The fat disease dilemma

One-third of all American adults have one particular disease. That’s more than 35 percent of the entire U.S. adult population. What makes this number so shocking is that we’re not talking about heart disease, cancer or diabetes. We’re talking about obesity and the question – is it really a disease?

Obesity is dangerous because it’s directly related to many conditions that make up the leading causes of preventable death. These include health problems like heart disease, stroke, type 2 diabetes and even some types of cancer. It’s also linked to other dangerous conditions like obstructive sleep apnea (OSA), hypertension, hyperlipidemia and more, which can cause bigger health problems over time.

Just this summer, the American Medical Association voted to officially classify obesity as a disease. This decision not only impacts health care providers, physicians, staff and patients – it impacts the entire field of preventive medicine. The experts at Life Line Screening agree classifying obesity as a disease is actually a good thing. Here’s why:

Obesity as a disease means faster treatment

Now that obesity is classified as a disease, it can be treated like a disease not only by physicians, but by health care insurance policies. Rather than only covering treatment after a serious condition develops, like type 2 diabetes, this may mean that insurance will cover the treatment needed to lose weight before more serious conditions develop.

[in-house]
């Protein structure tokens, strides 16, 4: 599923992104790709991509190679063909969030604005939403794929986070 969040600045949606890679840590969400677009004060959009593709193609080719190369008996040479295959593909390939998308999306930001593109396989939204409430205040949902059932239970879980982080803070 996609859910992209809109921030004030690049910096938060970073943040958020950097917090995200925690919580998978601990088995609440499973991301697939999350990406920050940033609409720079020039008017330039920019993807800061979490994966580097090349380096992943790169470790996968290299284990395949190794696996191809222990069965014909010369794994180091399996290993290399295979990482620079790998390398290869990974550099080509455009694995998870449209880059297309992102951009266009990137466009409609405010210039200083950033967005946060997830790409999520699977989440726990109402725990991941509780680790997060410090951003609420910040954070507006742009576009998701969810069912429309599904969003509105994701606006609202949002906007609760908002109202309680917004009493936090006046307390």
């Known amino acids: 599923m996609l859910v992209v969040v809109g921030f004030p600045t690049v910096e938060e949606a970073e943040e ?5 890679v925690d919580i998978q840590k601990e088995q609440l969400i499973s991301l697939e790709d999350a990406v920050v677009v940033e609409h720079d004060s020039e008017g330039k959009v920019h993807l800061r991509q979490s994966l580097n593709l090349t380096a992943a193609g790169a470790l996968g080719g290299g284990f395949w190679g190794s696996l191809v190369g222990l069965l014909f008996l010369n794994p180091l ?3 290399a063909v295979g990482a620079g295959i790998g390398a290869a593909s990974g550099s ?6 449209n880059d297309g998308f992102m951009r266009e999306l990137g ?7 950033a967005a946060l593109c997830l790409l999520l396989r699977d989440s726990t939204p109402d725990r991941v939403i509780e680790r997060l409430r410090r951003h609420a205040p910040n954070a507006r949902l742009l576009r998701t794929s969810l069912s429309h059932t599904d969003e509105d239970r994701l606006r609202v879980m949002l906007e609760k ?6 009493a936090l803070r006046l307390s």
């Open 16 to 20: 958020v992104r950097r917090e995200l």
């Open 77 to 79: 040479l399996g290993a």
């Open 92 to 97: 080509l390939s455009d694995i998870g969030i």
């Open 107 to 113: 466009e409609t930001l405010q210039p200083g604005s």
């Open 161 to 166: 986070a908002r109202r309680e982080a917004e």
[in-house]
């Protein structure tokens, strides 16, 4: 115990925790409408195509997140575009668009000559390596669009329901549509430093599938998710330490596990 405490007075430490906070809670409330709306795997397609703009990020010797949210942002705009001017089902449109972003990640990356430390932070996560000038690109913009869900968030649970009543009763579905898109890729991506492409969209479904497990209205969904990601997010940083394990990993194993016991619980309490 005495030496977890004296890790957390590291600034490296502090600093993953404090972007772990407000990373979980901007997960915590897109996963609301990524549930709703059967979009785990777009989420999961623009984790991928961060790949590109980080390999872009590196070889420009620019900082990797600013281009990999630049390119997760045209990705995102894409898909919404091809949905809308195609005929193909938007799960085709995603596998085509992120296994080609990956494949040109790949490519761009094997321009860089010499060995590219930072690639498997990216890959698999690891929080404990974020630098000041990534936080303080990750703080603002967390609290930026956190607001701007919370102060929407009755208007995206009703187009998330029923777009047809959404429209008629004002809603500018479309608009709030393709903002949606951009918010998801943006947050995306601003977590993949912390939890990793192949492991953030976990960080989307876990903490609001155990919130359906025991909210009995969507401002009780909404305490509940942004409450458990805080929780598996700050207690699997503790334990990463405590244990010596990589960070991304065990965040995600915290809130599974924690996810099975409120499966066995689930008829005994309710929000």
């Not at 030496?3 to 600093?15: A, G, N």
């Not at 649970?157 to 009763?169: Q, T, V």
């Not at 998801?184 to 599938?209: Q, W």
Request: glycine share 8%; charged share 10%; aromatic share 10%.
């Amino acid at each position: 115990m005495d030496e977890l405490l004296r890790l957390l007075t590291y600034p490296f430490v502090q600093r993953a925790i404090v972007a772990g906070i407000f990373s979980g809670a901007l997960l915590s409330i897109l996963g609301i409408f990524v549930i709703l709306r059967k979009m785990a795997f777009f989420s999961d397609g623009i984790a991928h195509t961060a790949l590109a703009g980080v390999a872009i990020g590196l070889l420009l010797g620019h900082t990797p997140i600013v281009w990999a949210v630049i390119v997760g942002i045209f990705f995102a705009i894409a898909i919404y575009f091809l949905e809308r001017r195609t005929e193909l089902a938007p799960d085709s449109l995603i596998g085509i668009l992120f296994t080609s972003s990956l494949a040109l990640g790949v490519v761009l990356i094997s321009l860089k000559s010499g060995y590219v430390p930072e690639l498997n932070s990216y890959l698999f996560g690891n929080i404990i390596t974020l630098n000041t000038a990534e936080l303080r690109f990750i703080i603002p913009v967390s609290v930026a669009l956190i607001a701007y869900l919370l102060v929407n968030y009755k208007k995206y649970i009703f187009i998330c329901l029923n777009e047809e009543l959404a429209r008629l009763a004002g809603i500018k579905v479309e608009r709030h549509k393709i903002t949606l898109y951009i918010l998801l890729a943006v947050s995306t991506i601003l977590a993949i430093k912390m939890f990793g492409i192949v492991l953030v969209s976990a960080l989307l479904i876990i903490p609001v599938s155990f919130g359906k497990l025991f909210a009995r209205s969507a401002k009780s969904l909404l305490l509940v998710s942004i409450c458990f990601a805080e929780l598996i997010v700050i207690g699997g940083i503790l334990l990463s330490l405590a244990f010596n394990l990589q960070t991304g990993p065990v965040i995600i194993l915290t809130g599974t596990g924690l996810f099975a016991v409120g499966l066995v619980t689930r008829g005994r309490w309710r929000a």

Faster treatment means fewer risk factors for other diseases

Obesity is a major risk factor for serious, life-threatening diseases. Eliminating obesity means eliminating a lethal risk factor. When patients who are obese lose significant weight, their risk for conditions like type 2 diabetes, high blood pressure and OSA improve or resolve more than 80 percent of the time.

Fewer risk factors for other diseases means a healthier world

The goals of preventive health care, like those of Life Line Screening, strive for decreased disease risk factors through healthy lifestyles. Obesity is one of those risk factors. If we can lower the number of people affected by obesity, we can lower the number of people who develop other types of diseases, including life-threatening conditions like heart disease and stroke.

Addressing obesity as a disease means promoting a healthier world through diagnosis, treatment and preventive measures. If we want to achieve lifelong health, we must learn to avoid the things that destroy it. Obesity, now classified as a disease, is something that can be avoided – starting today.


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